Almost half of Eritreans are Christians – 2.6 million from a population of 5.4 million – but Christians who aren’t from state-approved denominations face extreme persecution.
Christians from non-traditional denominations face the harshest persecution in Eritrea, both from the government and from the Eritrean Orthodox Church (EOC). The EOC is the only Christian denomination recognised by the government, and is tightly controlled by those in power.
Government security forces monitor phone calls, scrutinise activity and conduct countless raids which target Christians, seize Christian materials and damage house churches. Christians can be arrested and imprisoned without trial. Many Christians are held in inhumane prisons because of their faith, and their loved ones often do not know where they are or even if they are still alive.
There had been hope that a peace agreement with Ethiopia would improve human rights in Eritrea, but there has been little indication of this – and unrest at the Ethiopia/Eritrea border in autumn 2020 has threatened any stability there is. In June 2020, the UN reported that there was no meaningful progress to address human rights violations in Eritrea.
Unlike many countries, women in Eritrea are subjected to obligatory military service. Christian women who are conscripts are particularly vulnerable to gender-based violence, while detained or imprisoned female Christians often experience violence from prison guards. In rural areas of Eritrea, abduction and forced marriage are still prevalent. If a Muslim abducts a Christian woman, she will be forcibly converted.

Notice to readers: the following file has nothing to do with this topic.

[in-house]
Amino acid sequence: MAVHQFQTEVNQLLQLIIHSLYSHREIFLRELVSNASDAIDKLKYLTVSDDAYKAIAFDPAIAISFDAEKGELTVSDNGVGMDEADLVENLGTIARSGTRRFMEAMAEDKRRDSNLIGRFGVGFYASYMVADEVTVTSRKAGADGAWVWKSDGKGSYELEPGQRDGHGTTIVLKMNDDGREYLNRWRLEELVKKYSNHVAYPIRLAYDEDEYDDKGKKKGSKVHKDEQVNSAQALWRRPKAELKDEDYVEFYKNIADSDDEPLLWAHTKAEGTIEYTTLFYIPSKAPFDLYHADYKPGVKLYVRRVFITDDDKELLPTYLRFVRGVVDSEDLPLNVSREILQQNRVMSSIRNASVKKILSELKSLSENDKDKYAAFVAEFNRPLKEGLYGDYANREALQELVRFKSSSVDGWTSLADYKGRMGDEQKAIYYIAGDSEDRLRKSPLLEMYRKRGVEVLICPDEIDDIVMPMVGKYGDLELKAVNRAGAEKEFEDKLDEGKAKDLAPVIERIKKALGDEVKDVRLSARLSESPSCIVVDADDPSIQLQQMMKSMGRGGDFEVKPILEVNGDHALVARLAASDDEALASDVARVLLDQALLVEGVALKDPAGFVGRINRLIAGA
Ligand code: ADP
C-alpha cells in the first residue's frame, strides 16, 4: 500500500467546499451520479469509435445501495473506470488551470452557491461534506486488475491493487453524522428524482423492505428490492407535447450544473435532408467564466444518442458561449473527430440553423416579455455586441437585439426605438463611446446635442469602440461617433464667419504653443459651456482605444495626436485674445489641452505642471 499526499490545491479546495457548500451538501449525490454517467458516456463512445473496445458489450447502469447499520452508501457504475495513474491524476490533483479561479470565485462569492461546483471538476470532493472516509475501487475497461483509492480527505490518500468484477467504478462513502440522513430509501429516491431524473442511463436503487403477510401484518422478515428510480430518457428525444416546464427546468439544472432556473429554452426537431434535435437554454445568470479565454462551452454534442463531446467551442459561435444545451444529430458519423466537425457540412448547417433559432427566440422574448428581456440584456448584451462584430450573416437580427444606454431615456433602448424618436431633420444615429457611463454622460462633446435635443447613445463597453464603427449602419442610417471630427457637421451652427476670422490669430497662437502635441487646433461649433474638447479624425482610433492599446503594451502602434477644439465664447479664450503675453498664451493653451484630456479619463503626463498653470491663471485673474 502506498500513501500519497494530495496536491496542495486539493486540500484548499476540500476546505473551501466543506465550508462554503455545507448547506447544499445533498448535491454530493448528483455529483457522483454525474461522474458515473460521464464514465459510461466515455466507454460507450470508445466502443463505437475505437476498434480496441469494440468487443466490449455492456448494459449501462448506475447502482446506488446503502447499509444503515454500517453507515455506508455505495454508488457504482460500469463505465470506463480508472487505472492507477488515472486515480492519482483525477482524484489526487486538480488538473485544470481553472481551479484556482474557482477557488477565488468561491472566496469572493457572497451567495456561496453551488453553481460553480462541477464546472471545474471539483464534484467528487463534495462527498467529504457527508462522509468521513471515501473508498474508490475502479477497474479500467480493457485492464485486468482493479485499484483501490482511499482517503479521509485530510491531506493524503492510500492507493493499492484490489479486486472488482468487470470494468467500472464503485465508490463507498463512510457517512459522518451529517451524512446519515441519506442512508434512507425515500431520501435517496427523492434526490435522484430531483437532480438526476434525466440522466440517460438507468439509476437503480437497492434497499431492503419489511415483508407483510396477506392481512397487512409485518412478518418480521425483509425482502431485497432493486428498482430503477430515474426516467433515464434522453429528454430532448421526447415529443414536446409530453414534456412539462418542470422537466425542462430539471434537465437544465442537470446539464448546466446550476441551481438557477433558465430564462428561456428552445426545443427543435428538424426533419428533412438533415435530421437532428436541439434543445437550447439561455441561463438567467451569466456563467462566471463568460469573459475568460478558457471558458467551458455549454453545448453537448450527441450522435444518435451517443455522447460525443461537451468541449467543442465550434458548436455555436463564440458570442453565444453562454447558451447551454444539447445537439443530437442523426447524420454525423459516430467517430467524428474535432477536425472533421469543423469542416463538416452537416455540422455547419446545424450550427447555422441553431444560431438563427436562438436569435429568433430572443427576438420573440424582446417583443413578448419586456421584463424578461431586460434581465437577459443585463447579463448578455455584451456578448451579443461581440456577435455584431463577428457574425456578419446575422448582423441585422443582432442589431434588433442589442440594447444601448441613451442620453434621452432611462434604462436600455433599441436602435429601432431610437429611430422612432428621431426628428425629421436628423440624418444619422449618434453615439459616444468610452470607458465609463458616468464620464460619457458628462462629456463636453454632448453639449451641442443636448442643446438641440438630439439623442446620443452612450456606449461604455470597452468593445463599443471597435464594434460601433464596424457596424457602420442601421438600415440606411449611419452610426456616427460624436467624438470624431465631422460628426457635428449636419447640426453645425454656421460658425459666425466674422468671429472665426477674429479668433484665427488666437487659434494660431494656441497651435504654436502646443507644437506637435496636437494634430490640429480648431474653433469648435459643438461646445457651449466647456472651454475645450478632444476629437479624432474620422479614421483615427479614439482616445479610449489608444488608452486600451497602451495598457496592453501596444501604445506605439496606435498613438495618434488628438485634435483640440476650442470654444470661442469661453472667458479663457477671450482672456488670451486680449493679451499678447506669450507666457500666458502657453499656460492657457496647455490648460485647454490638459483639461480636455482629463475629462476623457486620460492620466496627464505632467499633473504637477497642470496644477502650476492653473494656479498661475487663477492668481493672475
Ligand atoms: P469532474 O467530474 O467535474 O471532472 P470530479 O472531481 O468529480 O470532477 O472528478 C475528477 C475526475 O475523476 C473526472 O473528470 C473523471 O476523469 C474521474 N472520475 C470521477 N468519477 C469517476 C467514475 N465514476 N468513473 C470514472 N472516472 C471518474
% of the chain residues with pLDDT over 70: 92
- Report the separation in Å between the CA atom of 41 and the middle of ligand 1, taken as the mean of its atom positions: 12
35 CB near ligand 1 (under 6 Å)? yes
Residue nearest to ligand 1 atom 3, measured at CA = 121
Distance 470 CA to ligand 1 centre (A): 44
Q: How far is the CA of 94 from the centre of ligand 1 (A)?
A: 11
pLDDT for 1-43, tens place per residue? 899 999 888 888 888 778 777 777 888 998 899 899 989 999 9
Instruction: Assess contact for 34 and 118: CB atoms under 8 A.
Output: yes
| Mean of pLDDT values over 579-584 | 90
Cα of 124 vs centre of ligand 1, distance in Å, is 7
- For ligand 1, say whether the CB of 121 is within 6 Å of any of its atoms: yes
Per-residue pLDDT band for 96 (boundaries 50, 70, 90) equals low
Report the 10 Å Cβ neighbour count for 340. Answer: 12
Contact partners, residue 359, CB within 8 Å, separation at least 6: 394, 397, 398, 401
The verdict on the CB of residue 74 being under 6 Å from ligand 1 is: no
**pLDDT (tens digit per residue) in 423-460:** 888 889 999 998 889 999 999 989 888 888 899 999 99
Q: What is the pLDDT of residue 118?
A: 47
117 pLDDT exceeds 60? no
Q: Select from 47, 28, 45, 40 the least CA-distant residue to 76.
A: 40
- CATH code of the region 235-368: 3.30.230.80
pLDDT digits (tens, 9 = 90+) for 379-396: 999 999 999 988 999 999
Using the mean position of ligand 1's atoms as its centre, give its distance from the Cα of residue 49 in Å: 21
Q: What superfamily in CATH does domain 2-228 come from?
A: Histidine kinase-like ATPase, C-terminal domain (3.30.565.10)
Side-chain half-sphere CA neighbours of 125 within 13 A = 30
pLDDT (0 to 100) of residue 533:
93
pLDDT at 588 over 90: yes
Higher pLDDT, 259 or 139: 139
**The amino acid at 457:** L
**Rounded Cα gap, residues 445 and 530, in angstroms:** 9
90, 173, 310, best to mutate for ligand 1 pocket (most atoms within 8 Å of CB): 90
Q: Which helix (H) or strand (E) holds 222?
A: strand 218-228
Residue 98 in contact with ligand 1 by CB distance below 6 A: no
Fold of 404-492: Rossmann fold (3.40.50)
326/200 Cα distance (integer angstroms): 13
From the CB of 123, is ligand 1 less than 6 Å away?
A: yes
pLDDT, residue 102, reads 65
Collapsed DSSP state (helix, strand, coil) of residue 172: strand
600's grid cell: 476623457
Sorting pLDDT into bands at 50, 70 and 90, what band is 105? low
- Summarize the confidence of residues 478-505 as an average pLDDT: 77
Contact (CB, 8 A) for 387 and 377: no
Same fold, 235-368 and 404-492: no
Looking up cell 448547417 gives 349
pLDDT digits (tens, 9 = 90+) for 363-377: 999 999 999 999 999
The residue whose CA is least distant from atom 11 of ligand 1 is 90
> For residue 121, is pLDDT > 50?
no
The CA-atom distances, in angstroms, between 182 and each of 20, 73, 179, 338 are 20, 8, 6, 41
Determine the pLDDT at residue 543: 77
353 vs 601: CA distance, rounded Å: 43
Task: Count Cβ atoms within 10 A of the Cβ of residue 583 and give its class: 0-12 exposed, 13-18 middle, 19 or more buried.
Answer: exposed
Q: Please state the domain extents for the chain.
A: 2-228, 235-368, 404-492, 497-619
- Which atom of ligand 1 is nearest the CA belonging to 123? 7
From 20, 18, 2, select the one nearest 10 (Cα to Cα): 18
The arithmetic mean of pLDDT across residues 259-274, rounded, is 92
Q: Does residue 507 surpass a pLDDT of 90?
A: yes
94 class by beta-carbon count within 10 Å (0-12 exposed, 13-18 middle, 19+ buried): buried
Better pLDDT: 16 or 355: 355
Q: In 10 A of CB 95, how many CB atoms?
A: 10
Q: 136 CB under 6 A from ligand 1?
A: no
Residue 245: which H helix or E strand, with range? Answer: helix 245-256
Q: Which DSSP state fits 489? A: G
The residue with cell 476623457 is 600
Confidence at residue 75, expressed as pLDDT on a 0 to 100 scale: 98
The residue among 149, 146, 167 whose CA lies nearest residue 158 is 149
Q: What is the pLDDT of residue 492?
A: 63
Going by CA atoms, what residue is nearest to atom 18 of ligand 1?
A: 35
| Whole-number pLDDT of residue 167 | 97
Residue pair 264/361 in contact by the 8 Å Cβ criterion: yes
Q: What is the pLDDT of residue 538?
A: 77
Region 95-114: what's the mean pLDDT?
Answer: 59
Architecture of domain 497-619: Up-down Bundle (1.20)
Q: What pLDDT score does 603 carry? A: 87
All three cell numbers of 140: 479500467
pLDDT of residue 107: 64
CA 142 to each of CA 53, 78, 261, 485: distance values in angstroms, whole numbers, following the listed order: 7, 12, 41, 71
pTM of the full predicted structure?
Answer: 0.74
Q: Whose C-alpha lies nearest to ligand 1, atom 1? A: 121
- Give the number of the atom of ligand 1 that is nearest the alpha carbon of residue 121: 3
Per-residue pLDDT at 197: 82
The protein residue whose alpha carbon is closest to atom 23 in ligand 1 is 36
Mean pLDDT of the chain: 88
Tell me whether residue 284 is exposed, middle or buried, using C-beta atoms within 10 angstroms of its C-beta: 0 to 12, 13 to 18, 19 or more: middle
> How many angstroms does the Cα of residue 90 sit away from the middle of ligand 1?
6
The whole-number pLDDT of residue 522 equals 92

“In prison, one of my main purposes as a Christian was to evangelise. We saw many conversions. The gospel can’t be chained!”Musse
Musse (not his real name) was arrested and sent to prison for working as a pastor at an ‘unregistered church’. He spent six terrible years there – and, even before that, had been a victim of the Eritrean government’s surveillance for years. Amazingly, Musse managed to live for Jesus even in prison.
“In prison, one of my main purposes as a Christian was to evangelise,” he says. “Of course, it is forbidden to do it openly, but we did it at night when everybody was asleep. We even had Bible verses we could study in secret. Sometimes, there were very problematic people who used to inform on us. They would tell the guards, ‘Musse is preaching, teaching and doing other Christian things’. There were people like that, yes. But many are passing through different frustrations and depression. Those people loved what we taught and shared. Some of them even tried to cover for us. We saw many conversions. The gospel can’t be chained!”
Musse remains under close and constant surveillance, forced to report to his local police station regularly to show that he has not fled the country. Every time he goes there, he risks re-arrest. “Please continue praying for us,” asks his wife, Ruth (name changed). “We need prayers so that we live without worry and keep calm.”
Please keep praying for your brothers and sisters in Eritrea. Your prayers make an enormous difference to those following Jesus no matter the cost.
Open Doors works through local church partners in Eritrea to provide practical assistance to persecuted Christians, support Bible and discipleship training, and raise awareness and prayer.
Father God, please protect Your children in Eritrea. Convict the hearts of those who persecute them, particularly those who profess to follow Jesus and yet still persecute His children. We ask that You would free Eritrean Christians from prison, as you did with the apostle Paul and Silas. Amen.
Your support helps persecuted Christians continue to courageously follow Jesus.
Together, we can reach those where persecution hits hardest.